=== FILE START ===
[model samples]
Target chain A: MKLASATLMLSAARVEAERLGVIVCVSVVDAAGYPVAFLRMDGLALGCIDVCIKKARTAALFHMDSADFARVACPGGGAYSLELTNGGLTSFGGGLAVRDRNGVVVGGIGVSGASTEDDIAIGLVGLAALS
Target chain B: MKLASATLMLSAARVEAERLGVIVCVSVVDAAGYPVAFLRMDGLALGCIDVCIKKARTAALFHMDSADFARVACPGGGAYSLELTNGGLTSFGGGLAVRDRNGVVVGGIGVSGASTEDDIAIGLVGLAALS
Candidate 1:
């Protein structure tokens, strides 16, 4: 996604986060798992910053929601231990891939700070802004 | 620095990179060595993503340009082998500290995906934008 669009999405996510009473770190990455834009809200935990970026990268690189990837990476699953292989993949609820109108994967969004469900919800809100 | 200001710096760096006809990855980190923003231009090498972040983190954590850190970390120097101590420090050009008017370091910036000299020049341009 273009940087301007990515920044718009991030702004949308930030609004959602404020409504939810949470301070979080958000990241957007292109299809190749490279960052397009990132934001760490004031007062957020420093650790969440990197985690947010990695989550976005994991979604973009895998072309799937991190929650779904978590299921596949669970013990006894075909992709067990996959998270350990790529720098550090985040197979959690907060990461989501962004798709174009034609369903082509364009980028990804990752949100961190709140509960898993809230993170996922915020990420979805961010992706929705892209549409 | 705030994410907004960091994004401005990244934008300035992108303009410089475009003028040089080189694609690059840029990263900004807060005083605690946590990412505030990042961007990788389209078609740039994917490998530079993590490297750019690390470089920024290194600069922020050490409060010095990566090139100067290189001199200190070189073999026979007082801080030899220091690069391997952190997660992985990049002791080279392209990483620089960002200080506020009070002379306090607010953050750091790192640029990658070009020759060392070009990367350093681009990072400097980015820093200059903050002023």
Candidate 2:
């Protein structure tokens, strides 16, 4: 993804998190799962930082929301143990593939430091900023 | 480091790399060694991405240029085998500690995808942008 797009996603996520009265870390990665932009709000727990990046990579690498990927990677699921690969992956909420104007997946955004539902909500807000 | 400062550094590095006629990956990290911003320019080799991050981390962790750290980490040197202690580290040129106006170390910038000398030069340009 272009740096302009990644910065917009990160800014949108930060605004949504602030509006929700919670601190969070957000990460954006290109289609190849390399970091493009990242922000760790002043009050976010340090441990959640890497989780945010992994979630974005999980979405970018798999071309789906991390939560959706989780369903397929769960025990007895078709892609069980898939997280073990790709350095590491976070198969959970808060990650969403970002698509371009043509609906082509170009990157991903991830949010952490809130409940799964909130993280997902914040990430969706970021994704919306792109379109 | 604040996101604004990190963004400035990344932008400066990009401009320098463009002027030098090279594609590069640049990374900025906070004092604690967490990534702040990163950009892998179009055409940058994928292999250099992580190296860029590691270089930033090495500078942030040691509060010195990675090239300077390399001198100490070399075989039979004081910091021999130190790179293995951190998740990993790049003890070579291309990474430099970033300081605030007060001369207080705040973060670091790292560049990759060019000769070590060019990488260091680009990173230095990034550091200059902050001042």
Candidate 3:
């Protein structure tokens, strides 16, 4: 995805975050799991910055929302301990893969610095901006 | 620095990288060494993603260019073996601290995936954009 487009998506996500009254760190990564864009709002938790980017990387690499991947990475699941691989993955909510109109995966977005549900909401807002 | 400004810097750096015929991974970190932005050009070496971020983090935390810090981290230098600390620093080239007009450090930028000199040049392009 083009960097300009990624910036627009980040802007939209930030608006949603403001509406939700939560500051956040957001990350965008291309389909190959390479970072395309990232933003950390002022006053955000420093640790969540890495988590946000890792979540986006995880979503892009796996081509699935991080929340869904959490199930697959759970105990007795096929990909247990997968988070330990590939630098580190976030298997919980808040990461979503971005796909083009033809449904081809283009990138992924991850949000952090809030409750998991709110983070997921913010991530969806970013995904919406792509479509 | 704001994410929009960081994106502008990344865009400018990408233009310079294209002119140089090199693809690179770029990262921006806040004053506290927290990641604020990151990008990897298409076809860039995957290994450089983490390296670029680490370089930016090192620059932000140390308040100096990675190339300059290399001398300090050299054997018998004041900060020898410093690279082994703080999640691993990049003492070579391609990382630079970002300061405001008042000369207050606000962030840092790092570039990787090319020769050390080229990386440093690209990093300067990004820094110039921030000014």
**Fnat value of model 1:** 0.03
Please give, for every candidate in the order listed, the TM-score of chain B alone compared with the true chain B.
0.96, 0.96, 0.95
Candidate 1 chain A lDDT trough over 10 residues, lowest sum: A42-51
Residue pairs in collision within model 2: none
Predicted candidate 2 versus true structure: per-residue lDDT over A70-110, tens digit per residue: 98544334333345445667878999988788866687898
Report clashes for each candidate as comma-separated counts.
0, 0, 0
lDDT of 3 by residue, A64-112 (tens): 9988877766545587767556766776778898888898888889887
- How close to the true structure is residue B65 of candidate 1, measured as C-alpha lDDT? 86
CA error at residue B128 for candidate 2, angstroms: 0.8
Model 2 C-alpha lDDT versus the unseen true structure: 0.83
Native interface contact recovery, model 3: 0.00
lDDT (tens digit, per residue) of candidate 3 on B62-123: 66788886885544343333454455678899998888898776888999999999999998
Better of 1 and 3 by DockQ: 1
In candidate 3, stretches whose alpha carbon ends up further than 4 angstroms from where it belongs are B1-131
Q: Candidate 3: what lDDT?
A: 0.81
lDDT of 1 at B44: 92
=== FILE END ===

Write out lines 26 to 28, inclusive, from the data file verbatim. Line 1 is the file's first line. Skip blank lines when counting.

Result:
Q: Candidate 3: what lDDT?
A: 0.81
lDDT of 1 at B44: 92